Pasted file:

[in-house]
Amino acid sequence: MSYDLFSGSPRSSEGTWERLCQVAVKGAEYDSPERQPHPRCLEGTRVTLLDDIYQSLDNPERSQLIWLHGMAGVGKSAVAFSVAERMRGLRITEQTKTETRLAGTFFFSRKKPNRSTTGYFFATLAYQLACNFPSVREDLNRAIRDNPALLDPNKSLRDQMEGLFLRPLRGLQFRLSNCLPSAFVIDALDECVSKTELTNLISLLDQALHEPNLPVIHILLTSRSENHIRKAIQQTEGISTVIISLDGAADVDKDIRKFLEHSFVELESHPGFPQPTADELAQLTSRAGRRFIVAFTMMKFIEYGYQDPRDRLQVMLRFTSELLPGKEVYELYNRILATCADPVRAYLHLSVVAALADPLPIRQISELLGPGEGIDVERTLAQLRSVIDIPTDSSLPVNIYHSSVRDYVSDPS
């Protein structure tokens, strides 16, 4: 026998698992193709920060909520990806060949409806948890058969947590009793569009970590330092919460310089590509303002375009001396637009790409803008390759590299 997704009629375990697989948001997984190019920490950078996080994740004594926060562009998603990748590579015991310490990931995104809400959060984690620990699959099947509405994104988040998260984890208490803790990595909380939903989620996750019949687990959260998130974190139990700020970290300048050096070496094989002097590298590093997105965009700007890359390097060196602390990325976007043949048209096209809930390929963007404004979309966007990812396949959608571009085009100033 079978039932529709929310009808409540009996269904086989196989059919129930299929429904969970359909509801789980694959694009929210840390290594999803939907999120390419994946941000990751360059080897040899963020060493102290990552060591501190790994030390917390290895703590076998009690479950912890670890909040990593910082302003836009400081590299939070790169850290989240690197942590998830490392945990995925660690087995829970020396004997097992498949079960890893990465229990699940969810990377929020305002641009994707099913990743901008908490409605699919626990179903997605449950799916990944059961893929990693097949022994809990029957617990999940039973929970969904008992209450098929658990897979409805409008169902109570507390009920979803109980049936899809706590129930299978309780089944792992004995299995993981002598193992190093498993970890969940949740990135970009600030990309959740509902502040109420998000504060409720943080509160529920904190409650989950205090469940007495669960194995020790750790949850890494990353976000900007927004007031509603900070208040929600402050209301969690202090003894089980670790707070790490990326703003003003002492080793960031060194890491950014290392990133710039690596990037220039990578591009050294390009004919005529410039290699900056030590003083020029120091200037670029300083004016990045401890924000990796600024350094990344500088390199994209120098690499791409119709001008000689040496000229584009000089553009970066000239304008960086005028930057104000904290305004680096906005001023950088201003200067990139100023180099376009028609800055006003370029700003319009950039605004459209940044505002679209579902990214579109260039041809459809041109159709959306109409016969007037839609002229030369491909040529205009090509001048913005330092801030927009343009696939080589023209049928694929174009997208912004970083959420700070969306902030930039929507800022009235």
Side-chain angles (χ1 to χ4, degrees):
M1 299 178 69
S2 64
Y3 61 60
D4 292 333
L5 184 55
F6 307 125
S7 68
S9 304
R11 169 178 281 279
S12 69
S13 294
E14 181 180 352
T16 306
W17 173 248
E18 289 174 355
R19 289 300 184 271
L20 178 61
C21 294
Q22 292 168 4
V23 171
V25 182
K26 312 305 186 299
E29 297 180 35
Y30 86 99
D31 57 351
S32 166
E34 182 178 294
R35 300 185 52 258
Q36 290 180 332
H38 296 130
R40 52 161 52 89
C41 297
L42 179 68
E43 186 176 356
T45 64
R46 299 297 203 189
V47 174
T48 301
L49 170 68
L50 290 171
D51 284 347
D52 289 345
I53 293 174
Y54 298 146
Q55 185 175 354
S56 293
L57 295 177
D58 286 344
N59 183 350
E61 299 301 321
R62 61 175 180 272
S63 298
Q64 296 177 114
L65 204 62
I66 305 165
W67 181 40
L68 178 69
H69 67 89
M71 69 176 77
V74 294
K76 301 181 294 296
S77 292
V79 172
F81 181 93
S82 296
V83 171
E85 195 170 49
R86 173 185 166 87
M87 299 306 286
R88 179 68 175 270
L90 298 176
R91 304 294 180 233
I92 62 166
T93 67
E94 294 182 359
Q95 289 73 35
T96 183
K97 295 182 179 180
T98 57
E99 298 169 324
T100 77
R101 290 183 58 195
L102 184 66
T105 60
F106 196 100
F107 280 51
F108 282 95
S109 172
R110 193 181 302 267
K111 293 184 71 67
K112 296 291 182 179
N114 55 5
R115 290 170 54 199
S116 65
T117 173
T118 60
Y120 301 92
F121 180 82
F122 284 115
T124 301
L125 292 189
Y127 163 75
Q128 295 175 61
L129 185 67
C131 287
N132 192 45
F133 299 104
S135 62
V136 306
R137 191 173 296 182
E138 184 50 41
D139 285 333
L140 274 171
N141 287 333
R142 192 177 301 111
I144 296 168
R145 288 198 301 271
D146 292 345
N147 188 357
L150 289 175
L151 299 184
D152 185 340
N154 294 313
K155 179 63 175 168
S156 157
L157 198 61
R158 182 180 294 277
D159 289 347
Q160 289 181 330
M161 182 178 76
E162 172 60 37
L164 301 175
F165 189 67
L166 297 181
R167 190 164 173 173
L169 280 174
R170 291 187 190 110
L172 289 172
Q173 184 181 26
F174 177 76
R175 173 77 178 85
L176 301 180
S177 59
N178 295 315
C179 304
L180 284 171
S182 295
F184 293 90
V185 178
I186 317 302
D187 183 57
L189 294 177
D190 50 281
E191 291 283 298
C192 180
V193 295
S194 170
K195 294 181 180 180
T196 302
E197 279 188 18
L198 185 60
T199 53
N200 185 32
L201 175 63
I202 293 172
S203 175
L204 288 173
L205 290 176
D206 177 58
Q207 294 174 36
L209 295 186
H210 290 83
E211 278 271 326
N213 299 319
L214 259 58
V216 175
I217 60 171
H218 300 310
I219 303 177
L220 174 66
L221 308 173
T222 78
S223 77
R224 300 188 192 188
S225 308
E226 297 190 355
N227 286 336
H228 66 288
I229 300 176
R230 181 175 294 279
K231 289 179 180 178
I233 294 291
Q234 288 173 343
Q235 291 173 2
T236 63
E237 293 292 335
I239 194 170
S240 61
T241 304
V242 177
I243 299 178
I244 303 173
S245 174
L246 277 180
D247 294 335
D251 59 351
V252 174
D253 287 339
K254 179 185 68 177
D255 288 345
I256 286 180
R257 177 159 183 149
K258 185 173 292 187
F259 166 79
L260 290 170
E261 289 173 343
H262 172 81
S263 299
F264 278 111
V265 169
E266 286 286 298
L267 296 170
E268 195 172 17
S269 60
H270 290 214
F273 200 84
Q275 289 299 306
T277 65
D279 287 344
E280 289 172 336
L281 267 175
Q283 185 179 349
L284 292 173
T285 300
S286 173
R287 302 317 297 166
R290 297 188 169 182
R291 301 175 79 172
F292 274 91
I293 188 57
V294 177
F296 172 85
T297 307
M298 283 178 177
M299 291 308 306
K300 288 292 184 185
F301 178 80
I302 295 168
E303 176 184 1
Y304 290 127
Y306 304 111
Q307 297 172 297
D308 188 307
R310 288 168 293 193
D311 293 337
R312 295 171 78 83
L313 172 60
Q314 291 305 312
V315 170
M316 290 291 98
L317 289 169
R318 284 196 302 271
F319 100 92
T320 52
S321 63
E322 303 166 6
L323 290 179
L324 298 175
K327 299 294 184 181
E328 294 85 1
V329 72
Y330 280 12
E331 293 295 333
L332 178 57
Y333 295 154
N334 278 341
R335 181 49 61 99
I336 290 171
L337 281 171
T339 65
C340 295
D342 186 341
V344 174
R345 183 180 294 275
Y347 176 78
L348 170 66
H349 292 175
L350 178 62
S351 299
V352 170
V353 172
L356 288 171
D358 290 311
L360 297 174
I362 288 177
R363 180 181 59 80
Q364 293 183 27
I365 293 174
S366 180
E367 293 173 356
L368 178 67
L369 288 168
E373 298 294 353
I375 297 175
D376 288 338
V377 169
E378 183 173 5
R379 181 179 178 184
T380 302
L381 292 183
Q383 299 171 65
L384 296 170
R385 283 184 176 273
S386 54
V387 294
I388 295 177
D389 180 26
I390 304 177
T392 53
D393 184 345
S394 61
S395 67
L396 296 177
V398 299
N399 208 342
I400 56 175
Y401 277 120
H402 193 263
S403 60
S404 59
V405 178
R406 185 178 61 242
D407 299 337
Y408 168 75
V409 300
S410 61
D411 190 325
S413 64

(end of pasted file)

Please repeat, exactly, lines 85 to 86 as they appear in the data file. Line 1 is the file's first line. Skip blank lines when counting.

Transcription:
T100 77
R101 290 183 58 195